South Korean industrial output misses mark with 0.1 per cent rise
Factory and mining index rises by only 0.1pc, but exports are expected to bounce back
South Korea’s factory output grew at a much slower pace than expected last month, although businesses continued to invest in plant and machinery, suggesting Asia’s fourth-largest economy can weather the recent loss of momentum thanks to improving exports.
Analysts and government officials blamed one-off factors for some of the weakness seen in data released yesterday, including last month’s ferry disaster, which depressed domestic tourism and retail spending.
The industrial output index, which covers the manufacturing and mining sectors, rose a seasonally adjusted 0.1 per cent in April from the previous month, following a revised 0.9 per cent rise in March, Statistics Korea data showed. It was much weaker than a median 0.6 per cent gain tipped in a Reuters survey.
Still, the economic picture is not all gloomy.
“We believed that the one-off factors like the ferry sinking would be offset by robust exports in April, but things seem to be moving slower than anticipated,” said David Kim, an economist at Daishin Securities in Seoul.
“However, we see an improving trend going forward as exports grow,” Kim said.
Analysts also note that part of the anticipated slowdown in May exports reflects fewer working days this year than last year.
Still, with domestic consumption continuing to remain weak, highlighted by the service sector output falling a seasonally adjusted 1 per cent in April from March, exports will need to do much of the heavy lifting to support growth.
Yesterday’s data comes after news that the US economy contracted for the first time in three years in the first quarter as it buckled under a severe winter.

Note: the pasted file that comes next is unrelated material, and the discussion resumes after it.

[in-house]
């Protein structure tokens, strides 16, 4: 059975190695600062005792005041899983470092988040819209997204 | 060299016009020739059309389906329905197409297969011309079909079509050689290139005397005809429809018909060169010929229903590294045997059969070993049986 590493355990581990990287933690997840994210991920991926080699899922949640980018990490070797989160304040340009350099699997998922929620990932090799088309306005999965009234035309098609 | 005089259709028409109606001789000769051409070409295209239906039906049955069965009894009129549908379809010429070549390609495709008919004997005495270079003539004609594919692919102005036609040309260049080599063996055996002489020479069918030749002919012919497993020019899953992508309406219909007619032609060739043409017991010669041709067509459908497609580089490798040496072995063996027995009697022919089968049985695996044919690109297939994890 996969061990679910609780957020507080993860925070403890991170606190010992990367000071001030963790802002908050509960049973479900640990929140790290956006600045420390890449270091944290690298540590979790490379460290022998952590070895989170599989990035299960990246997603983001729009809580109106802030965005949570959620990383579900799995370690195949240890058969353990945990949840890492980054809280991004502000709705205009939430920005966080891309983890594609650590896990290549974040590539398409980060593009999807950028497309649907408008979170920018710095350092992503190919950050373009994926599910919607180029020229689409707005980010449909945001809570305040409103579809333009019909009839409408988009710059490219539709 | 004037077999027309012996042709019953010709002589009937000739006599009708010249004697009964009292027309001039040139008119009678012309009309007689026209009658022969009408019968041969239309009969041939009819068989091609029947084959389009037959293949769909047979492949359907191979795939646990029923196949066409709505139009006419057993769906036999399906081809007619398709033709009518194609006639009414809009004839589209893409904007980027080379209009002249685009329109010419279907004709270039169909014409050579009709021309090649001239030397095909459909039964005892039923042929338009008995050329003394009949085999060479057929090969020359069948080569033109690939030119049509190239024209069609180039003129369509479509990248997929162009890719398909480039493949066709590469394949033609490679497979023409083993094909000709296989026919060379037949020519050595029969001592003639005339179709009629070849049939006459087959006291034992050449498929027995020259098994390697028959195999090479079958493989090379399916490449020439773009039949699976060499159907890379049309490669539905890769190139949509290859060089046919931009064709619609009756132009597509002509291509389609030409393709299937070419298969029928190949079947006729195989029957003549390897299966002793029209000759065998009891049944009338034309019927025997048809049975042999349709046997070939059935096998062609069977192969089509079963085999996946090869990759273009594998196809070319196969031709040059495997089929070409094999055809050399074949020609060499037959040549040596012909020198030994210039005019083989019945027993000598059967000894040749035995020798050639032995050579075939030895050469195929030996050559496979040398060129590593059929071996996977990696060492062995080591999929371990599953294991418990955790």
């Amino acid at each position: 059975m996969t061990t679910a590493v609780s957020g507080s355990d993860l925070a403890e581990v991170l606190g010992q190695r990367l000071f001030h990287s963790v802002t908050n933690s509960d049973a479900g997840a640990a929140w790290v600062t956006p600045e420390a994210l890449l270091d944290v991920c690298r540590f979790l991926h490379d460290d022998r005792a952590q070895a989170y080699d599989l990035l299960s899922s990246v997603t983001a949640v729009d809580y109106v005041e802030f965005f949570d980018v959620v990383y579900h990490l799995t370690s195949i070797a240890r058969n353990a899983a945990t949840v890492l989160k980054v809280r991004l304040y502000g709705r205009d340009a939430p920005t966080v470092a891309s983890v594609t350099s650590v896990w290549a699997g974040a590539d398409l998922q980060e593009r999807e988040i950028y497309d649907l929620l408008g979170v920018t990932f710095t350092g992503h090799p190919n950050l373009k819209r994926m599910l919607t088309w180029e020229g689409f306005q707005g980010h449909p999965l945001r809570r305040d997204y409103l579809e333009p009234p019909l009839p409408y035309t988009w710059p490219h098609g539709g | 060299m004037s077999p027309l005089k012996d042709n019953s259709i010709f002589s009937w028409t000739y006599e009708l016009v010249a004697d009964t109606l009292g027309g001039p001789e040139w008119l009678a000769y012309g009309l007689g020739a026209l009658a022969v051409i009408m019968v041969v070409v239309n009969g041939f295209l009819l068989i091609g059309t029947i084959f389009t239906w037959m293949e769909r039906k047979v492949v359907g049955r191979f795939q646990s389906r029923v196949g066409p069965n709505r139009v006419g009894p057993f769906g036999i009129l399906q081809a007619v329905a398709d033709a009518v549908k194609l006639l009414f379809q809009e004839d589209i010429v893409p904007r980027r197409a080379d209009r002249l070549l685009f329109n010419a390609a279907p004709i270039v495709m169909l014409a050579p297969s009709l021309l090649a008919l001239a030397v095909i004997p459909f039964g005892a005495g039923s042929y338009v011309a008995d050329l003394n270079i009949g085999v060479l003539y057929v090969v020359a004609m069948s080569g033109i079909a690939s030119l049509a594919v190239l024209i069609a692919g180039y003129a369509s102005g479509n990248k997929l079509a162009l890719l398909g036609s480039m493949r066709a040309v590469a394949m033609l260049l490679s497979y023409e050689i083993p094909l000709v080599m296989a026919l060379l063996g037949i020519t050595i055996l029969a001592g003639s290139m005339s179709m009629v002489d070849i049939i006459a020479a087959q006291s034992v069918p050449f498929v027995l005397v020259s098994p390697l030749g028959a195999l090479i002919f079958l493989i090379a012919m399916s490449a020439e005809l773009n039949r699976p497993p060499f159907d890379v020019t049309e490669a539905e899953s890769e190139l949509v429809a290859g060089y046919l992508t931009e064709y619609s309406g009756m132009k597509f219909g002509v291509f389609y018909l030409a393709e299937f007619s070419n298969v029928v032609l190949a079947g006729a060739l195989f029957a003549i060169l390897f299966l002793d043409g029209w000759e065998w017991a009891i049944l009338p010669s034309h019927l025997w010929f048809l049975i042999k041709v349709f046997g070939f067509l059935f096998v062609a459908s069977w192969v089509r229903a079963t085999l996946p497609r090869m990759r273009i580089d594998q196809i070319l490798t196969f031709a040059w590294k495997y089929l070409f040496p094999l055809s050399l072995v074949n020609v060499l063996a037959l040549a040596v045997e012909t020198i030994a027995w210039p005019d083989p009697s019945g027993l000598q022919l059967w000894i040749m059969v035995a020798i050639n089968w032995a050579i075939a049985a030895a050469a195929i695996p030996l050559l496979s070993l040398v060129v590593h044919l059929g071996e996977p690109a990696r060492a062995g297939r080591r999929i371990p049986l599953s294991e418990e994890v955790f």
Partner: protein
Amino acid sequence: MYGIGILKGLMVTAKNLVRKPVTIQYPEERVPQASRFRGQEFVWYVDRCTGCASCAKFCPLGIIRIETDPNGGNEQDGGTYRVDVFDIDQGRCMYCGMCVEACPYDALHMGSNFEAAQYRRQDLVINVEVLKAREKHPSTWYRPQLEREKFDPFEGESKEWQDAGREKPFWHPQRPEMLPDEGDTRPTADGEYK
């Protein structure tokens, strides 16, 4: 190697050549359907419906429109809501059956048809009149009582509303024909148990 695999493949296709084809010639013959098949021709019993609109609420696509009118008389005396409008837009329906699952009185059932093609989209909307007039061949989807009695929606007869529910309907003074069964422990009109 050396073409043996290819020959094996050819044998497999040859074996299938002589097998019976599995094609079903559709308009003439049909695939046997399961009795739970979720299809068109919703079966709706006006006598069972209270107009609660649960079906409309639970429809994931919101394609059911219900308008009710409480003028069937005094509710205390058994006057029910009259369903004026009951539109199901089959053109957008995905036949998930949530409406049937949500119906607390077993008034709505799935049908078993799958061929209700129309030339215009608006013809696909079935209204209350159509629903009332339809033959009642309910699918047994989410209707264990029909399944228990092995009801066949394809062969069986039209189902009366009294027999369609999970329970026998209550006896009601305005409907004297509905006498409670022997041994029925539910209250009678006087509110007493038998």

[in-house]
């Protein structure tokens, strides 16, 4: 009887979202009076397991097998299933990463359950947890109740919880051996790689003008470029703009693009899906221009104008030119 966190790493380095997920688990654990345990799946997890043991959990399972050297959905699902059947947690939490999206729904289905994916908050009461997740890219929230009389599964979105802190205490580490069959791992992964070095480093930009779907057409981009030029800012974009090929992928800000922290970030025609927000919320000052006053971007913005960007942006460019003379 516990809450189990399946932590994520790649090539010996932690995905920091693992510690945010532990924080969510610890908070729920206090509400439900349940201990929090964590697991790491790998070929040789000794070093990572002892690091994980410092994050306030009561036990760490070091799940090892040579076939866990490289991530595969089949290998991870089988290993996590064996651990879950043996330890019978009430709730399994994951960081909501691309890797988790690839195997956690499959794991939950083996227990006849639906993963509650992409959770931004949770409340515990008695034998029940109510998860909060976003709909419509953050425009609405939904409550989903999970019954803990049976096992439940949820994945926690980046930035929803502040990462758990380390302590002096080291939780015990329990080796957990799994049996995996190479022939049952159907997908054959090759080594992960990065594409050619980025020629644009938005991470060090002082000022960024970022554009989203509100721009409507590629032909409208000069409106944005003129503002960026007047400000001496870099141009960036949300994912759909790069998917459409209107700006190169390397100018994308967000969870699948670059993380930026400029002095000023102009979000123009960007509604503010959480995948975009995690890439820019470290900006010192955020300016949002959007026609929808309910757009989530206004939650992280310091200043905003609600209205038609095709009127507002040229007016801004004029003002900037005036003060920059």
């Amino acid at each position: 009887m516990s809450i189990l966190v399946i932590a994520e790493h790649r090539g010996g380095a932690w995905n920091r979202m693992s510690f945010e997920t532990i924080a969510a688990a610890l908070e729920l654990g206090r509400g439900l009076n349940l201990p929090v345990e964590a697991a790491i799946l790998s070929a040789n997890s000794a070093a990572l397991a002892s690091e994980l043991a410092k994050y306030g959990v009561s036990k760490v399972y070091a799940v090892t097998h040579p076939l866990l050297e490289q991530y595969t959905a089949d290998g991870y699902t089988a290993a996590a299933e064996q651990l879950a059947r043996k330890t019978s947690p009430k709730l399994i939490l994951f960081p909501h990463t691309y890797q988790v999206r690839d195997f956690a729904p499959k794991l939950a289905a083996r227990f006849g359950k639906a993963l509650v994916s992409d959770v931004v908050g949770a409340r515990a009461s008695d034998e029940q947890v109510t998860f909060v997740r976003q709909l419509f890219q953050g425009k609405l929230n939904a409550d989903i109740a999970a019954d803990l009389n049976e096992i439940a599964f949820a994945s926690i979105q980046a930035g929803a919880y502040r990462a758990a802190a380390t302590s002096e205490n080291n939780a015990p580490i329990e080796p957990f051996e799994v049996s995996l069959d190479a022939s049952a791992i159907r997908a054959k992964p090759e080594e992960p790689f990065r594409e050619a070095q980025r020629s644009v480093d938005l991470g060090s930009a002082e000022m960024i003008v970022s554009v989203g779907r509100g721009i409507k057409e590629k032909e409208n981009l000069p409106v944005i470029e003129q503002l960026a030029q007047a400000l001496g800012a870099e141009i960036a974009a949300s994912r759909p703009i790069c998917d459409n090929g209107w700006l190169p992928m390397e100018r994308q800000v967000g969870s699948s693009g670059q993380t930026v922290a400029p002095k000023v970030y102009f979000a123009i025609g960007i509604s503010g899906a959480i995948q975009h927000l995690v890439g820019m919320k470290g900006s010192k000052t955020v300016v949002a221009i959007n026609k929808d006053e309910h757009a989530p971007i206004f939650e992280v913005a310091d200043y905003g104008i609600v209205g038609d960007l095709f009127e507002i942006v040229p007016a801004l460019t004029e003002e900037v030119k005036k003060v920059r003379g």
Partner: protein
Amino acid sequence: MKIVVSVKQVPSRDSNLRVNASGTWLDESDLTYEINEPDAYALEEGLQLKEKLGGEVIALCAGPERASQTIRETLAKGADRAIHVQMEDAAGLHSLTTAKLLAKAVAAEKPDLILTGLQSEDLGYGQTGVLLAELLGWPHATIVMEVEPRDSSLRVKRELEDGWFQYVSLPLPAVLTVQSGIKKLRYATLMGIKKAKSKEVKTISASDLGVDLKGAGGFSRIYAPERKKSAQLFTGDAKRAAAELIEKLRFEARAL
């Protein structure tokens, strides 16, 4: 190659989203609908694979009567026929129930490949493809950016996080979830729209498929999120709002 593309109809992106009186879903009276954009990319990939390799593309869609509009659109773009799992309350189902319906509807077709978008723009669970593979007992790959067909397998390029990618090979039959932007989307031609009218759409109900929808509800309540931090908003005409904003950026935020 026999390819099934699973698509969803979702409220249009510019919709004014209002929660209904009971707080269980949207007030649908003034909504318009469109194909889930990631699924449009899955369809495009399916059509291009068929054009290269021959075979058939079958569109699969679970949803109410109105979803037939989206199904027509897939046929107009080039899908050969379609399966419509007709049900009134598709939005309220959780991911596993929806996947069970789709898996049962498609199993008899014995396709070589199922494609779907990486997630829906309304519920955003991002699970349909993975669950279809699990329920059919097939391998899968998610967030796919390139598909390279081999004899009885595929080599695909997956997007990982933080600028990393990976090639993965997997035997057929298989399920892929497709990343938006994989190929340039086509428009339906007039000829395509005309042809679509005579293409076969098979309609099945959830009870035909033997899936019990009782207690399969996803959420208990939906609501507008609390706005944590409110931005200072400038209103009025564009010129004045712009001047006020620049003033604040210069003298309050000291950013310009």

But there are signs it has rebounded and economists say it could grow as much as 4 per cent in the current quarter.
A rebound in the US, South Korea’s second-biggest export market, will be crucial to cementing a recovery at home, given a slowdown in China’s economy.
“[The] figures don’t look strong but as a whole indicate the economy is softening instead of slipping into a sharp downturn,” said Park Sang-hyun, the chief economist at HI Investment and Securities, yesterday.
The Bank of Korea expects the economy to grow an annual 4 per cent this year, from 3 per cent last year. The market’s consensus view also sees the bank raising rates, possibly as soon as the third quarter of this year.
A central bank survey found business sentiment among South Korean manufacturing companies was at its worst in 10 months, with their business outlook index for June falling to a seasonally adjusted 77 from 79 for May.
Government officials and analysts said last month’s sinking of a ferry darkened the public’s mood and contributed to a freeze in spending in leisure travel and hotel bookings.